The benchmark MOEX index gained as much as 10% in early trade in Moscow. Russia’s central bank has banned short sales, and foreign investors are not allowed to dump shares, prohibitions that could help support stocks.
Investors are able to trade 33 stocks during the limited session from 9:50 a.m. to 2:00 p.m. in Moscow. Blue chip stocks Gazprom, Lukoil, VTB Bank, Sberbank, Rusal and Rosneft are among the equities that are trading.
Russian stocks last traded on February 25 after President Vladimir Putin’s invasion of Ukraine caused shares to plummet. The MOEX index had lost roughly 35% of its value this year, while the RTS index — which is denominated in dollars — had plunged 42%.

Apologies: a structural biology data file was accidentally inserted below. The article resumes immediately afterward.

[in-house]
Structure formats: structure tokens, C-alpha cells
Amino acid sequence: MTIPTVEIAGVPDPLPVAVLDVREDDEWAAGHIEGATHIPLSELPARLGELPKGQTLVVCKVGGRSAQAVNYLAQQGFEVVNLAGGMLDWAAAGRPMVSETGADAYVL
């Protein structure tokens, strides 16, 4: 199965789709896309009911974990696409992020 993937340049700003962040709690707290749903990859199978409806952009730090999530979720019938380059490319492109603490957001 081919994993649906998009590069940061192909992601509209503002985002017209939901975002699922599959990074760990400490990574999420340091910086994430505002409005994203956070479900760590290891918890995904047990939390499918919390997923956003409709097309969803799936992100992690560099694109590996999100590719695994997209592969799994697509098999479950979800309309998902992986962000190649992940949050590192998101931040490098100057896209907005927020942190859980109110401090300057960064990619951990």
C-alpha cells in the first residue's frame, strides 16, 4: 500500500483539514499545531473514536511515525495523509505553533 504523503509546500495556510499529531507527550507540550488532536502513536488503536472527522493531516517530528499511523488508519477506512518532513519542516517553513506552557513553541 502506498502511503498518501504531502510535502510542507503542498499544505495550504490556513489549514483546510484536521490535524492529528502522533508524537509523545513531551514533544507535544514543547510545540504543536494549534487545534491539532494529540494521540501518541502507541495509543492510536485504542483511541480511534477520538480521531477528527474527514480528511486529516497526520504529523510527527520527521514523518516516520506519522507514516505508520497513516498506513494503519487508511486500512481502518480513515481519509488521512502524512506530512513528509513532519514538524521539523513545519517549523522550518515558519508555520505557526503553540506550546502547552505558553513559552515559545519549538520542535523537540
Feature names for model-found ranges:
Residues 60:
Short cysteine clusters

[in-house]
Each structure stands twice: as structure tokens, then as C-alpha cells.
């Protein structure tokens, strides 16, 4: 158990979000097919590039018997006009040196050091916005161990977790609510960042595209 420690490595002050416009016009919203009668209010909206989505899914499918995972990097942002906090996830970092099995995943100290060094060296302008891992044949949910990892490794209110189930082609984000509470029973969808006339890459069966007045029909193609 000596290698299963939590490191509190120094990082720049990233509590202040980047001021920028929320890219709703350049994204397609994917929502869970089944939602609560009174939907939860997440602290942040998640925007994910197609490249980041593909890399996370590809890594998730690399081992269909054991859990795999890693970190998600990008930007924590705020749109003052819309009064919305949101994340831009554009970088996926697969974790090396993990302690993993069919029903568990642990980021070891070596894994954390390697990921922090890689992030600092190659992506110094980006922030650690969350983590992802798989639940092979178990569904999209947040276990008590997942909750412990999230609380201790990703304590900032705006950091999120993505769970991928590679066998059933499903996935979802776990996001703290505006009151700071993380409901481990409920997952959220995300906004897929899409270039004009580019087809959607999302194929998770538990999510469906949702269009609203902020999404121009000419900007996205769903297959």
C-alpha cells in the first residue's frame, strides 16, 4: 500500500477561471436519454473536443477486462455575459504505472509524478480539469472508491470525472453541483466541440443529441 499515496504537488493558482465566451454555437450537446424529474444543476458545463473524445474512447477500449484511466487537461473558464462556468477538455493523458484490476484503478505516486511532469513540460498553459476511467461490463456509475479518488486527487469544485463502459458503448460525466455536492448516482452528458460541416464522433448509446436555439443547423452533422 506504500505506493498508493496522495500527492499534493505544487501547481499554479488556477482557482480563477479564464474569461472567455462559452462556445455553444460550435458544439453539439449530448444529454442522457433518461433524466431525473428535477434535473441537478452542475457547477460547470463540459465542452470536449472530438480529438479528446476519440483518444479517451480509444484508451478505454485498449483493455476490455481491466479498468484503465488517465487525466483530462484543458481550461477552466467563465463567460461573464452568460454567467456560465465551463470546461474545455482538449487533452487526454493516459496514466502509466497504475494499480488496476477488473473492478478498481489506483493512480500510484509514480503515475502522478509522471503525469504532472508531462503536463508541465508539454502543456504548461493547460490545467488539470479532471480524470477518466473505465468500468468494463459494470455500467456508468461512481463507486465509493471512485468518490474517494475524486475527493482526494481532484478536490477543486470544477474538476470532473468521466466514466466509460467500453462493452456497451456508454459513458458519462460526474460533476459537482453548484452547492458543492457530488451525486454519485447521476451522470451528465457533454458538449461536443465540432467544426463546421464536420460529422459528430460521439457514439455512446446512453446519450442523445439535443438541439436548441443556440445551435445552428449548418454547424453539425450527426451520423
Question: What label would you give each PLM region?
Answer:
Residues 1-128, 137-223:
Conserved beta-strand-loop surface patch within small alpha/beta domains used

In the weeks since Russian stocks stopped trading, sanctions imposed by the West have crushed the ruble and put the country’s economy into a tailspin. President Joe Biden is expected to announce additional sanctions during a trip to Europe this week.
Foreign investors are not allowed to sell shares on Thursday under new rules that ban brokers from executing sales on their behalf.
Foreign funds held more than 80% of all shares trading on the Moscow Exchange in the first half of 2021, according to Reuters. The United States and Canada accounted for 54% of the total, with 22% from the United Kingdom and 21% from the rest of Europe.
The Biden administration described the reopening as a “charade.”
“Russia has made clear they are going to pour government resources into artificially propping up the shares of companies that are trading,” deputy national security adviser Daleep Singh said in a statement. “This is not a real market and not a sustainable model — which only underscores Russia’s isolation from the global financial system.”
-— Kevin Liptak contributed reporting.